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Weeklies

Week 52.20

  • I weighed myself at the end of last weekend’s staycation, which arguably came at the end of a multi-month odyssey of bad eating, and found that I was heavier than I have been in at least 6 years. So the first half of this week was devoted to eating salads and lowering my caloric intake as much as possible. I also skipped drinking every day, and I think it’s come down a touch. I will have to keep this going in an effort to return to a figure that could be called normal (both on the scale and irl).
  • No surprises, but Christmas was different and the lead up was even less detectably Christmas-feeling than it is every year — I am prone to declaring that ‘THIS year, it really doesn’t feel like Christmas’, every single time. Nonetheless, efforts were made, and I shall probably look back on this year’s edition with fondness.
  • There was work to be done up to the last minute of Christmas Eve, and there’ll be some work to do next week too, but I am looking forward to a bit of a rest and some reading/gaming in early January. I say this here to remind myself to actually do it, and not just scroll Twitter on the couch for days.
  • It’s not often that I fire up the podcast app and listen to anything, but I uncharacteristically spent a few hours this week on financial/investing-related content, which will hopefully help to set up a better 2021. I don’t know why I spent the first half (or more) of my life resistant to the idea of understanding economics and money; well, I suppose I can make a guess as to the underlying repulsions, but it’s never too late to change your mind and try to let some new thoughts in.
  • My birthday was months ago, but I think the realization only started to land in the last few months (and almost completely subconsciously!). I was talking to someone awhile ago about how you just one day catch yourself changing up stuff or trying new things, and oh hey what a coincidence 4-0, and they said yeah, it’s a real thing and it’s started happening to me too, except a year in advance. I’m always lagging.
  • A reunion of sorts: Many years ago, possibly a decade, I chanced upon a wonky, clearly Not Proper Art painting at the Affordable Art Fair and sort of fell for it. It was an underdog. It was absolute innocence, defenseless against the world. Kim hated it and walked us away. I wanted to go back for another look and maybe take a photo but never got the chance. In any case, it was way too expensive for me to even consider. As with all things that get away, you want them even more, irrationally. I remember calling the gallery up for the local artist’s name and writing it down in Evernote. And all these years, I’ve been holding a vivid memory of it in my head, and I bring it up from time to time to tease and horrify Kim with the idea of putting it up in our home. We found it online this week. It’s still unsold, at the same gallery. The price has come down by about half. I have money these days. It’s still higher than it probably should be. I don’t know. It’s almost exactly as I remembered it. Maybe I’ll buy it just to scratch the itch and close the book.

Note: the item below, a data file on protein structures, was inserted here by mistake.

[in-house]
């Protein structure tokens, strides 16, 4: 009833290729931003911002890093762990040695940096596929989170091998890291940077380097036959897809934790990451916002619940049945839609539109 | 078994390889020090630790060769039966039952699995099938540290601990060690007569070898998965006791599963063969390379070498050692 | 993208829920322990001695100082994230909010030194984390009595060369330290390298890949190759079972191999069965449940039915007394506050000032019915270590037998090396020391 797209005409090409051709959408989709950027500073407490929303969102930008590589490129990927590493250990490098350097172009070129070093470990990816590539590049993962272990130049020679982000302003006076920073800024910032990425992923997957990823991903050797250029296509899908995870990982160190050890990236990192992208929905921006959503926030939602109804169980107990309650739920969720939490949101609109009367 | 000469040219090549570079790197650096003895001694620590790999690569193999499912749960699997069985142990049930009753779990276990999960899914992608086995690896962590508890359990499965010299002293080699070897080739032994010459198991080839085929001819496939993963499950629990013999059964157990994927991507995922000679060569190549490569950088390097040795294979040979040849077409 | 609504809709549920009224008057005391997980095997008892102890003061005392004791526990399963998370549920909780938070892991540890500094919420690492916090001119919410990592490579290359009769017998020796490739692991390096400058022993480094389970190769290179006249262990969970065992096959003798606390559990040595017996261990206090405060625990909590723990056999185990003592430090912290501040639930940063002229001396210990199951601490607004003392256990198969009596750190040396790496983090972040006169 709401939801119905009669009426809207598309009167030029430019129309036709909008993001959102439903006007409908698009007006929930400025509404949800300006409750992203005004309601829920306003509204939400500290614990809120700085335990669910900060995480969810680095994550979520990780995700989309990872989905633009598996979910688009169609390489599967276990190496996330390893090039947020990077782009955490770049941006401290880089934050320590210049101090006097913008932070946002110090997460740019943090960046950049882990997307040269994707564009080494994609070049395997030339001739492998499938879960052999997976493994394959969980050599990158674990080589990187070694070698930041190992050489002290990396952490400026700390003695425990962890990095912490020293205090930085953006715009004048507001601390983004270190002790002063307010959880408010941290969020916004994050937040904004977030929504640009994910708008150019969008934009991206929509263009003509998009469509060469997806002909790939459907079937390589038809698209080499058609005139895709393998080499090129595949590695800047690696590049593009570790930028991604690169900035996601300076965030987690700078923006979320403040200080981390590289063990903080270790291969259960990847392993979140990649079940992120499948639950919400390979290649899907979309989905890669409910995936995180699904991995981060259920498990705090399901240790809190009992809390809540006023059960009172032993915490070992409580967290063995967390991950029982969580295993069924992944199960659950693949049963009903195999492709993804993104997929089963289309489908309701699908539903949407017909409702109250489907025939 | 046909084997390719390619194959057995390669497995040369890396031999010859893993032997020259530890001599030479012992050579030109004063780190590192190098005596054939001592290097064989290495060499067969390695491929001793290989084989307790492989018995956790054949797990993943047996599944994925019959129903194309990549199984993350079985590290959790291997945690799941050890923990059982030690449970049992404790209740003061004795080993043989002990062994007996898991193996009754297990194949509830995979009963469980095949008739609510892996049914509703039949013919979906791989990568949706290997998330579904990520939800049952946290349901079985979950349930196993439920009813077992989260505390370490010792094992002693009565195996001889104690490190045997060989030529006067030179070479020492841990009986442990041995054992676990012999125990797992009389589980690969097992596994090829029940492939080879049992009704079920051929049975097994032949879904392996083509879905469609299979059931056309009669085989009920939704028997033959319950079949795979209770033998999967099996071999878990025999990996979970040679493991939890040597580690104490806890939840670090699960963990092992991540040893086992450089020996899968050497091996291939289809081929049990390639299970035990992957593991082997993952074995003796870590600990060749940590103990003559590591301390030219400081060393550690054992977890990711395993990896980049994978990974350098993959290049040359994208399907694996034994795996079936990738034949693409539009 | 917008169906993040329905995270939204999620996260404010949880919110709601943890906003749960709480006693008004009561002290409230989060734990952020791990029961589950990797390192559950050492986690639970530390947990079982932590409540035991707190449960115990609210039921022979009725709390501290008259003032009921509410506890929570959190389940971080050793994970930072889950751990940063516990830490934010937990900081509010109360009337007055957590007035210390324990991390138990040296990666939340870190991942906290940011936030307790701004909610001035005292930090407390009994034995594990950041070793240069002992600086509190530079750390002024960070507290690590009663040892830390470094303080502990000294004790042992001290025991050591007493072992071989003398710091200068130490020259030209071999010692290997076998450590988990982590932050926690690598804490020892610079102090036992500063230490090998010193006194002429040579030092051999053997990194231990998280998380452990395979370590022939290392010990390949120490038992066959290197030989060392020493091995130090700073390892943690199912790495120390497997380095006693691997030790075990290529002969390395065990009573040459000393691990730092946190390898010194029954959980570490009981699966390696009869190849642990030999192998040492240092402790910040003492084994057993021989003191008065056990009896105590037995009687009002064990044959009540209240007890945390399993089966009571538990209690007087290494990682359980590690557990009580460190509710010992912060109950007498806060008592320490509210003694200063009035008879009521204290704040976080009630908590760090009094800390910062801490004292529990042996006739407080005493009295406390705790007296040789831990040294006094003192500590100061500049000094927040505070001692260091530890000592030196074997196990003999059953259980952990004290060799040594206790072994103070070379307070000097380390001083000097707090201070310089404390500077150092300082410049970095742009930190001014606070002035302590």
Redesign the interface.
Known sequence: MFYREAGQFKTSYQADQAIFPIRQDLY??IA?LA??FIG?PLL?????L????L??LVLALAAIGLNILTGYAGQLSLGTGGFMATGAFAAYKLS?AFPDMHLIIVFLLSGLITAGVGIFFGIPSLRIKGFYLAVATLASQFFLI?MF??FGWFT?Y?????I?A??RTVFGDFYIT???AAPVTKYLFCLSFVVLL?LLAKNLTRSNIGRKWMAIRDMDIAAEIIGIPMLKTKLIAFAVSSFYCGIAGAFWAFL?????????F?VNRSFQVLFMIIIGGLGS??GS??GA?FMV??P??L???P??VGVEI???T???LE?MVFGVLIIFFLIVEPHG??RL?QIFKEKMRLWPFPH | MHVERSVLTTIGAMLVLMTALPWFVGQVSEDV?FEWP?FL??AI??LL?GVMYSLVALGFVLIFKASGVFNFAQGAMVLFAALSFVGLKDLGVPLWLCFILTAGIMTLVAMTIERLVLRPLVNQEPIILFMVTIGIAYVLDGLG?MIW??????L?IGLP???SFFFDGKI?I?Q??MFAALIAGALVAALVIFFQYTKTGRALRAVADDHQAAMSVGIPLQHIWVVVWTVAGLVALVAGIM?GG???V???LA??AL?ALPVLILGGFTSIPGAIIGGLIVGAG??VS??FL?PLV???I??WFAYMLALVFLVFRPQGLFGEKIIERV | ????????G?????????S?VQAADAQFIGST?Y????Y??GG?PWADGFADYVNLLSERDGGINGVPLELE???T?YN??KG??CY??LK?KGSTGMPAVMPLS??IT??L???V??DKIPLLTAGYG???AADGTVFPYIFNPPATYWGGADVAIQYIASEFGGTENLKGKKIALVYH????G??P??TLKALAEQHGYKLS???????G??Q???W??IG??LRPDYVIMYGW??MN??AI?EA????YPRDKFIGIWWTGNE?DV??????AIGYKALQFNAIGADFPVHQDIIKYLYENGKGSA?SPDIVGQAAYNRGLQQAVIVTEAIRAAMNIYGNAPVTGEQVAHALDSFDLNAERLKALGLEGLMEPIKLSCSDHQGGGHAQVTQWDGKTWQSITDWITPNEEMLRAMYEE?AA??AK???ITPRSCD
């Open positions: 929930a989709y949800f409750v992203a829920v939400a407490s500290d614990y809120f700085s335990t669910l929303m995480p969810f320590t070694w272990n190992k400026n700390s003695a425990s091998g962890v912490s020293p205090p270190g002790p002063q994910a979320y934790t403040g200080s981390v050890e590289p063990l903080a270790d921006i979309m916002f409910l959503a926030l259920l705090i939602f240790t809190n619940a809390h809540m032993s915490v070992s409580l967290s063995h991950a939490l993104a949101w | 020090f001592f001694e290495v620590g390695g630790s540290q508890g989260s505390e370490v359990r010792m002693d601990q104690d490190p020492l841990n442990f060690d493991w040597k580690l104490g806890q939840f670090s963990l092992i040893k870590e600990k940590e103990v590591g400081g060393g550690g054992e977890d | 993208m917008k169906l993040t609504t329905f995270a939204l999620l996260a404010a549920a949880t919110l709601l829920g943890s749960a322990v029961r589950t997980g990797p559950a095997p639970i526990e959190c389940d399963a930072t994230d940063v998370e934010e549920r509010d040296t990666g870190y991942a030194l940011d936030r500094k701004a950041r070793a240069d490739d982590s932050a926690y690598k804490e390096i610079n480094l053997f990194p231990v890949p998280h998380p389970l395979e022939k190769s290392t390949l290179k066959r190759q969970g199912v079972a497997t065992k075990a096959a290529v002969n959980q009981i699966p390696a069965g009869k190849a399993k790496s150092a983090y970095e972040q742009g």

• App of the Week: Mimi Hearing Test [iOS]. This free app will test your hearing in about 5 minutes if you have a pair of headphones that they’ve calibrated for, and tell you how degraded your ears are. It outputs an “audiogram” assessment to Apple’s Health.app, which can be used to tune the sound quality of AirPods beyond the usual Hearing Accommodations. It’s pretty great and I think everyone should try it.
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Link: Jawbone’s Greater Ambitions for the UP

This Wristband Could Change Healthcare | Monday Note

The corpus of medical observations is based on classic clinical tests of a small number of patients. On the other hand, Jawbone thinks of the UP wristband — to be worn 24/7 by millions of people — in a Big Data frame of mind. Hosain Rahman is or will soon be right when he says his UP endeavor contributes to the largest sleep study ever done.

Monday Note examines the Jawbone UP, which I’ve enjoyed using these past two weeks, and explores its implications for the healthcare industry — the real potential of the device — and why Jawbone has received over $200m in funding from investors to date. You might not like where it’s going: giving corporations more data and insight, quite granular at that, into our lives and health statuses, but the potential for good here is also strong.

As for me, my use is still going strong; I enjoy the knowledge and statistics, and feel motivated to reach my daily activity goal of 8,000 steps (last night, I walked almost the whole way back home from the office and exceeded it by 50%).

End of Day Update: Jawbone has just announced a new API for connecting the UP smartphone app with other services such as My Fitness Pal, Sleepio, Withings (Wi-Fi weighing scale), and the very popular Runkeeper. With the latest 2.5 update, you’ll be able to log runs and other data in UP just by using these other apps the way you already do. Big news, as My Fitness Pal instantly improves the food/calorie database, and Runkeeper should bolster the wristband’s sensors with GPS accuracy.

Jawbone launches an ecosystem for Up | The Verge